By Jim Smith
January 18, 2013
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When I think about draggin’, (A.K.A. C-Rig or Carolina Rig fishing), normally I think about using it in particular situations that involve pulling a chosen bait at the end of a designated length and strength of leader material, and ahead of a chosen weight and style of a sliding sinker. This setup readily creates a disturbance that is always noticeable and sometimes gets followed by curious prey, which then gets the attention of a hungry predator. It is very effective.
I typically choose this rig when probing the depths and structure that are fairly free of tangles such as brush or rocks, and it is an excellent rig to use to quickly search for fish due to the speed with which it can be fished, and the size of the area that the bait can be presented to.
I also tend to think of the rig as a deeper water presentation, since the proper weight can be chosen for getting the bait down quickly to the bottom, and then presented at whatever speed I choose.
Only a few baits can be presented this way, and the C-Rig is arguably the very best tool for accomplishing this set of goals.
This is the method I choose for a Senko when I’m fishing deep, say in thirty feet of water. In my opinion there is literally no other method that will allow a Senko to operate properly in deep water like that, unless the time it takes to reach the bottom is not a concern to you.
At the end of a long leader, the Senko is free to work its hypnotic magic unrestricted. This is usually something that has not been a common sight in the deeper water world, making it a ‘killer’ presentation.
When the structure has a minimum of cover, the rig can also be used to present floating crank baits much deeper than they would go on their own, although a greater degree of finesse is required to feel the crank bait and allow it to float up and over objects that would otherwise hang the bait up and cause a loss.
There is an unconventional application for draggin’ that is not really popular, doesn’t get mentioned a lot, and may even be somewhat of a secret. I’ve used the rig successfully and consistently many times to drag my bait presentation through the tops of submerged trees, giving the bait a free floating action that usually can’t be delivered otherwise.
Although I wouldn’t recommend doing this with a crank bait, I can say from experience that it works very well with a soft plastic of choice, and it exhibits the same following prey situation here as it does in open structure, and possibly even better because of the element of surprise produced by a bait suddenly appearing from behind a limb.
Using the rig in this fashion requires a little modification to the usual presentation, but this can be easily mastered with a little patience and effort. Modifications might include choosing a shorter leader and a slimmer finesse weight that is designed to work through heavier cover without hanging up. Personally, I use the same ½ ounce barrel weight that I use in open structure, but I have to be very careful not to hang up. I also use braided mainline and either a mono or fluorocarbon leader, because I can feel everything much better and the braid holds up to the constant abrasion from dragging over the limbs. With the very first success this can quickly become a practical and useful method of catching suspended fish in cover, and to add to your full time arsenal.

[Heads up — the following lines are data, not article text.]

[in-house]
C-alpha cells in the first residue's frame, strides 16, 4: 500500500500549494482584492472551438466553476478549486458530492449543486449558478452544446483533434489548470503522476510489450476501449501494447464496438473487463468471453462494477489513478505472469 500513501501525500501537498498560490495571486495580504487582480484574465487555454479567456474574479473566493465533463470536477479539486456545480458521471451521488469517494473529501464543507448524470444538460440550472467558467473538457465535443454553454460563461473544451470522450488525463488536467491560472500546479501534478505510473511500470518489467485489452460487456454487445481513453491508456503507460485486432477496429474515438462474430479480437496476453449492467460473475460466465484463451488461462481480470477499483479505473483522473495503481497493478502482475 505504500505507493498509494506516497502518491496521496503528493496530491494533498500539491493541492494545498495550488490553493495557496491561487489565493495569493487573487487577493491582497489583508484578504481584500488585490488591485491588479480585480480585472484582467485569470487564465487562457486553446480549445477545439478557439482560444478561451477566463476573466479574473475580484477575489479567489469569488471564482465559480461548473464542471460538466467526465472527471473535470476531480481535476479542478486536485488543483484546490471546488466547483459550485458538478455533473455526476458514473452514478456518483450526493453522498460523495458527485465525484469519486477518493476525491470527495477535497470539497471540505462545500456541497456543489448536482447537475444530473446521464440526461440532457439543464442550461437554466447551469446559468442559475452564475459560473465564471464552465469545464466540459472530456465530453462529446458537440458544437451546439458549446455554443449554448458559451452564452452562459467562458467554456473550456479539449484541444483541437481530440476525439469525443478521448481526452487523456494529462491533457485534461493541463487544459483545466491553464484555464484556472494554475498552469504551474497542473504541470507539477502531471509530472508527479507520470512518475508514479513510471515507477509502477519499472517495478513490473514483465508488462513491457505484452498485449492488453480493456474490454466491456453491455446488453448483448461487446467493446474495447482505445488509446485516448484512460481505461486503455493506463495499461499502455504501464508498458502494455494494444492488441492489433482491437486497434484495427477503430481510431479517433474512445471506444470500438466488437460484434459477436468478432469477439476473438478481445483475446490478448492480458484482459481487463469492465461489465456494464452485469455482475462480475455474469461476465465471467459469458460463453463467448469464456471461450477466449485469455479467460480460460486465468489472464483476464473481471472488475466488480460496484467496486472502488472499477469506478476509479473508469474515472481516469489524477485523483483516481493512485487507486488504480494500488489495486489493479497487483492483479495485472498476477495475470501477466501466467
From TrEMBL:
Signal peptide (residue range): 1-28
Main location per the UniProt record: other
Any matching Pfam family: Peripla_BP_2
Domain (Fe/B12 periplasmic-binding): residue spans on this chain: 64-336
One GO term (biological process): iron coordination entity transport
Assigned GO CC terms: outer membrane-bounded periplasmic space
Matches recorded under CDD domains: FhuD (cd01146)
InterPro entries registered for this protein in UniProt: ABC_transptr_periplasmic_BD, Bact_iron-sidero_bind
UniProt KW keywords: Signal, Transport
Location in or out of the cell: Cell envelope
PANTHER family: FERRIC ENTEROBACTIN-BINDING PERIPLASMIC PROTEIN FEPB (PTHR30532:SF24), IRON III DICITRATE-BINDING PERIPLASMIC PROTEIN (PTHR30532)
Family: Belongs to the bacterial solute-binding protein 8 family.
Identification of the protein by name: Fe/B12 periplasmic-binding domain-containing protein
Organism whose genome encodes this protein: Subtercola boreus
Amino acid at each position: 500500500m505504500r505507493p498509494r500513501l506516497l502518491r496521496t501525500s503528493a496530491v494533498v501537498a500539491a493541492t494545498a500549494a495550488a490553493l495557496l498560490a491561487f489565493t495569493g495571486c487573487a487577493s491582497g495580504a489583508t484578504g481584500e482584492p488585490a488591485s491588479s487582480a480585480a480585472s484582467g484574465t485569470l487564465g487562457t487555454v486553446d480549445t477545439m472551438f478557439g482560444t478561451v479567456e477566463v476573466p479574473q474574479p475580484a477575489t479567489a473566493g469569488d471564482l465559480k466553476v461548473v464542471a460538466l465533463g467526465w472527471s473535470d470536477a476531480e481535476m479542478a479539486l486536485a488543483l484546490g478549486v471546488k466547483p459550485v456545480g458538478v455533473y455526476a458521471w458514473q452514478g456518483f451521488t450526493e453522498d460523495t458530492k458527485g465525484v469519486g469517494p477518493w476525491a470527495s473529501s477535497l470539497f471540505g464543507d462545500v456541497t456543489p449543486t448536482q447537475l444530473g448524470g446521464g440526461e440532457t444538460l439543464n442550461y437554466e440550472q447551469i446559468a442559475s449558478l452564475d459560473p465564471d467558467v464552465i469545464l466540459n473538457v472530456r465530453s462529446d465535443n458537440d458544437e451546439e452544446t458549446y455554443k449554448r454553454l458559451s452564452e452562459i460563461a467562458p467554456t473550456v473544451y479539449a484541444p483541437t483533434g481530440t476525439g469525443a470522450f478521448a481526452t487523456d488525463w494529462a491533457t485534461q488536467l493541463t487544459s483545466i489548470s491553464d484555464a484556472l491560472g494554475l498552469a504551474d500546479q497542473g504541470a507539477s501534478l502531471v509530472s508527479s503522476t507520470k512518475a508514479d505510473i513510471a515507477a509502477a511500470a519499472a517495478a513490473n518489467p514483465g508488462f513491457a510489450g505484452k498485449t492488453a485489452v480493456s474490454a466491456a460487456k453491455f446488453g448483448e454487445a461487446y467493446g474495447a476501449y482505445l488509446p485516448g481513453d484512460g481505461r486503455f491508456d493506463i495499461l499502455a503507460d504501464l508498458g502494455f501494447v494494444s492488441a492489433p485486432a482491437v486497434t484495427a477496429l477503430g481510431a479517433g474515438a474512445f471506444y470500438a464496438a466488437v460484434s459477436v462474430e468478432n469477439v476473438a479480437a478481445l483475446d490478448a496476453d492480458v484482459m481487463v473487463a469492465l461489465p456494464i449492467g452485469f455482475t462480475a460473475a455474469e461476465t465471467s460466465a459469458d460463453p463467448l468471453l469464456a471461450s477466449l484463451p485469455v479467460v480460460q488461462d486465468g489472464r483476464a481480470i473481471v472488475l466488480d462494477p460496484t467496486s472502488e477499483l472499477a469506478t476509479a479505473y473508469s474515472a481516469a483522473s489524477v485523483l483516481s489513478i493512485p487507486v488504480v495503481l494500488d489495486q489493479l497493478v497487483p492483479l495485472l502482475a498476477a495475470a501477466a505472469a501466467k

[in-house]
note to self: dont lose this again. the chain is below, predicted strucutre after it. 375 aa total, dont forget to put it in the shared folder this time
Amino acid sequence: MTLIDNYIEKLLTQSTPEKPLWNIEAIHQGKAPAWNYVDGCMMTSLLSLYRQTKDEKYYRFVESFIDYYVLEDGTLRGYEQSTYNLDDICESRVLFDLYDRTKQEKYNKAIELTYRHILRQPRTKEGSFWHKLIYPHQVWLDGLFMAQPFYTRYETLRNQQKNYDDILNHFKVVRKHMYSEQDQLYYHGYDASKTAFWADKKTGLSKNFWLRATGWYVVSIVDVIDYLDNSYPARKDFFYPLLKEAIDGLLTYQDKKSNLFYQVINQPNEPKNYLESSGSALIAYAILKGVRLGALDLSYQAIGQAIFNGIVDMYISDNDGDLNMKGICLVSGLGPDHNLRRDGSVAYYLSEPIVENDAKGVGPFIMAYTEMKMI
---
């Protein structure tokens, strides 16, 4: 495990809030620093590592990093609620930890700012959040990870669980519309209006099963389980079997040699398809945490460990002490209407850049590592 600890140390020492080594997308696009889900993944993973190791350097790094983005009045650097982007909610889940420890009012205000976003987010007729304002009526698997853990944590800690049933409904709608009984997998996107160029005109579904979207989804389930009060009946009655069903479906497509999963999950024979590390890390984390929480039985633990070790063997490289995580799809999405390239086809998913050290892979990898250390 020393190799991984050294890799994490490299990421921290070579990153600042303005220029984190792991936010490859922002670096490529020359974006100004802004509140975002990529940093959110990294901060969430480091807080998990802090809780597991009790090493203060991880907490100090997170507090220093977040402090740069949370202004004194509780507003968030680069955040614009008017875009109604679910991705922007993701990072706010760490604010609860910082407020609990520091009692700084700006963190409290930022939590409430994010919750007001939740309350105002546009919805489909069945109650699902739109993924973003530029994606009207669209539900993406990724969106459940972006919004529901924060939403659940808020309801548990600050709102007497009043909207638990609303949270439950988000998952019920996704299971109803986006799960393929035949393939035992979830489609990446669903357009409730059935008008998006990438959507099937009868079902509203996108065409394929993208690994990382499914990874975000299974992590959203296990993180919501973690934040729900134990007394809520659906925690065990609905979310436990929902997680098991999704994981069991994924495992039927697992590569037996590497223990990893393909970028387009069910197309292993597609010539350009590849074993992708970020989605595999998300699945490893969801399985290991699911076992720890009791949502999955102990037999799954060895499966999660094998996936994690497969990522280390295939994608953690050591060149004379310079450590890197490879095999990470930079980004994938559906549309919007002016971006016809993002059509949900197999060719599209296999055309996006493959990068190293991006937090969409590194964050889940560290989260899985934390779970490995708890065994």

I first locate submerged trees with my electronics. I focus on the ones that are really full, such as cedars, and specifically the ones that have suspended fish in or around them. I don’t discriminate against any type of tree, but I’m particularly fond of the cedars since they afford a predator a perfect hiding place to set up an ambush stage for unsuspecting prey.
Of course it doesn’t matter if it is even a straight tree trunk with no limbs at all as long as there are fish around it, but the full limbs of the cedar are a better choice for smaller prey because of the number of hiding opportunities they can find in and among those limbs.
Once located and lined up on the tree, I make a cast well beyond and over the top of the submerged tree, let my sinker fall on a free spool all the way to the bottom, and then slowly drag my rig right back through the middle of it, feeling and visualizing both my sinker and bait as they drag up to and over the limbs.
I drag the rig with a sideways sweeping motion that allows me to easily change the angle of my rod and lift the sinker up and over limbs that might otherwise become snags. By finessing the rig through the tree in this manner, I can effectively present my bait to the fish whether they are suspended near the bottom, middle or top of the tree.
Try this method of utilizing the Carolina Rig on your favorite water that has submerged trees, or even brush piles the next time you go fishing, and you just might find another great way to enjoy catching some of the fish that you can’t get otherwise.
A little thanks is in order here
I again want to say thanks to Gary Yamamoto Custom Baits for making the great products that I choose to include in the tools that I use in my pursuit of the prize.